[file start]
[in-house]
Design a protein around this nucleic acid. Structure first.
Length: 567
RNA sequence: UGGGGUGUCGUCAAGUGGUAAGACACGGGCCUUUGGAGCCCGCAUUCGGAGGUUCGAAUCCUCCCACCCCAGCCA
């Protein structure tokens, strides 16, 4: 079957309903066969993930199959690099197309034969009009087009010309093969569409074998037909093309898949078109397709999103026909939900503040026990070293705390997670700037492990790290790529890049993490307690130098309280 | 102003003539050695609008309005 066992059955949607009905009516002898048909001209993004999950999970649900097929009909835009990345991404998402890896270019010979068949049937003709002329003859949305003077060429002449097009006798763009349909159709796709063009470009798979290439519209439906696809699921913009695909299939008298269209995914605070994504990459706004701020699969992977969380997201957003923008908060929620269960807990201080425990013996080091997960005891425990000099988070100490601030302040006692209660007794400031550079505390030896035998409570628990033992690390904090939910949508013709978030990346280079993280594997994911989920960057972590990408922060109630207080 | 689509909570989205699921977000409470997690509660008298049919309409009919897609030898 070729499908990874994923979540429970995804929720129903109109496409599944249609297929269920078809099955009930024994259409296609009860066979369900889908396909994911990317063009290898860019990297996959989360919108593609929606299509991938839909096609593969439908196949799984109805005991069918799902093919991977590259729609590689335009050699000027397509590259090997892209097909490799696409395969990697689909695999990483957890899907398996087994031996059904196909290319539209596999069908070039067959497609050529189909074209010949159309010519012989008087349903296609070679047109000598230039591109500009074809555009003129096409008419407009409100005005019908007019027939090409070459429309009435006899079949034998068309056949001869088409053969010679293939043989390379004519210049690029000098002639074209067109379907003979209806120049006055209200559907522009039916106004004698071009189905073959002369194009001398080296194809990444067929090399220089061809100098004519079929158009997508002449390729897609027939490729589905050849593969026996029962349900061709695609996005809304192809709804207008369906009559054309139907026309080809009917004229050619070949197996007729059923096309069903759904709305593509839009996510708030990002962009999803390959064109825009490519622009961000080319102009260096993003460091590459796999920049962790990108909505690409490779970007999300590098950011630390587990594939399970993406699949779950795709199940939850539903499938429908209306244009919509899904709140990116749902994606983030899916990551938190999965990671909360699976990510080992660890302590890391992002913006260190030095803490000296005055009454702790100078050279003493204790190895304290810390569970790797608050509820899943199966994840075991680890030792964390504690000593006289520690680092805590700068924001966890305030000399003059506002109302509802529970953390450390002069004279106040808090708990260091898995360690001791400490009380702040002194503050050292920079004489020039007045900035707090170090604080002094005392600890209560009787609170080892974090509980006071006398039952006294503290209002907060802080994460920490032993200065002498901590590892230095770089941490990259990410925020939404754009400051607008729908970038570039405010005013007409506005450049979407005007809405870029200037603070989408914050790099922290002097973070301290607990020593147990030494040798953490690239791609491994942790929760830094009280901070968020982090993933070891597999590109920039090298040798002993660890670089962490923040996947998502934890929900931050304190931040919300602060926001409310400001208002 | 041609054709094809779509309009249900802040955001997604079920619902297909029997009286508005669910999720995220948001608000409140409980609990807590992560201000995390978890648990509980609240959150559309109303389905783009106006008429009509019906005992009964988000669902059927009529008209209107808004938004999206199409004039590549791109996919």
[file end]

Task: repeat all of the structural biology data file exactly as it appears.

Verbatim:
[in-house]
Design a protein around this nucleic acid. Structure first.
Length: 567
RNA sequence: UGGGGUGUCGUCAAGUGGUAAGACACGGGCCUUUGGAGCCCGCAUUCGGAGGUUCGAAUCCUCCCACCCCAGCCA
């Protein structure tokens, strides 16, 4: 079957309903066969993930199959690099197309034969009009087009010309093969569409074998037909093309898949078109397709999103026909939900503040026990070293705390997670700037492990790290790529890049993490307690130098309280 | 102003003539050695609008309005 066992059955949607009905009516002898048909001209993004999950999970649900097929009909835009990345991404998402890896270019010979068949049937003709002329003859949305003077060429002449097009006798763009349909159709796709063009470009798979290439519209439906696809699921913009695909299939008298269209995914605070994504990459706004701020699969992977969380997201957003923008908060929620269960807990201080425990013996080091997960005891425990000099988070100490601030302040006692209660007794400031550079505390030896035998409570628990033992690390904090939910949508013709978030990346280079993280594997994911989920960057972590990408922060109630207080 | 689509909570989205699921977000409470997690509660008298049919309409009919897609030898 070729499908990874994923979540429970995804929720129903109109496409599944249609297929269920078809099955009930024994259409296609009860066979369900889908396909994911990317063009290898860019990297996959989360919108593609929606299509991938839909096609593969439908196949799984109805005991069918799902093919991977590259729609590689335009050699000027397509590259090997892209097909490799696409395969990697689909695999990483957890899907398996087994031996059904196909290319539209596999069908070039067959497609050529189909074209010949159309010519012989008087349903296609070679047109000598230039591109500009074809555009003129096409008419407009409100005005019908007019027939090409070459429309009435006899079949034998068309056949001869088409053969010679293939043989390379004519210049690029000098002639074209067109379907003979209806120049006055209200559907522009039916106004004698071009189905073959002369194009001398080296194809990444067929090399220089061809100098004519079929158009997508002449390729897609027939490729589905050849593969026996029962349900061709695609996005809304192809709804207008369906009559054309139907026309080809009917004229050619070949197996007729059923096309069903759904709305593509839009996510708030990002962009999803390959064109825009490519622009961000080319102009260096993003460091590459796999920049962790990108909505690409490779970007999300590098950011630390587990594939399970993406699949779950795709199940939850539903499938429908209306244009919509899904709140990116749902994606983030899916990551938190999965990671909360699976990510080992660890302590890391992002913006260190030095803490000296005055009454702790100078050279003493204790190895304290810390569970790797608050509820899943199966994840075991680890030792964390504690000593006289520690680092805590700068924001966890305030000399003059506002109302509802529970953390450390002069004279106040808090708990260091898995360690001791400490009380702040002194503050050292920079004489020039007045900035707090170090604080002094005392600890209560009787609170080892974090509980006071006398039952006294503290209002907060802080994460920490032993200065002498901590590892230095770089941490990259990410925020939404754009400051607008729908970038570039405010005013007409506005450049979407005007809405870029200037603070989408914050790099922290002097973070301290607990020593147990030494040798953490690239791609491994942790929760830094009280901070968020982090993933070891597999590109920039090298040798002993660890670089962490923040996947998502934890929900931050304190931040919300602060926001409310400001208002 | 041609054709094809779509309009249900802040955001997604079920619902297909029997009286508005669910999720995220948001608000409140409980609990807590992560201000995390978890648990509980609240959150559309109303389905783009106006008429009509019906005992009964988000669902059927009529008209209107808004938004999206199409004039590549791109996919």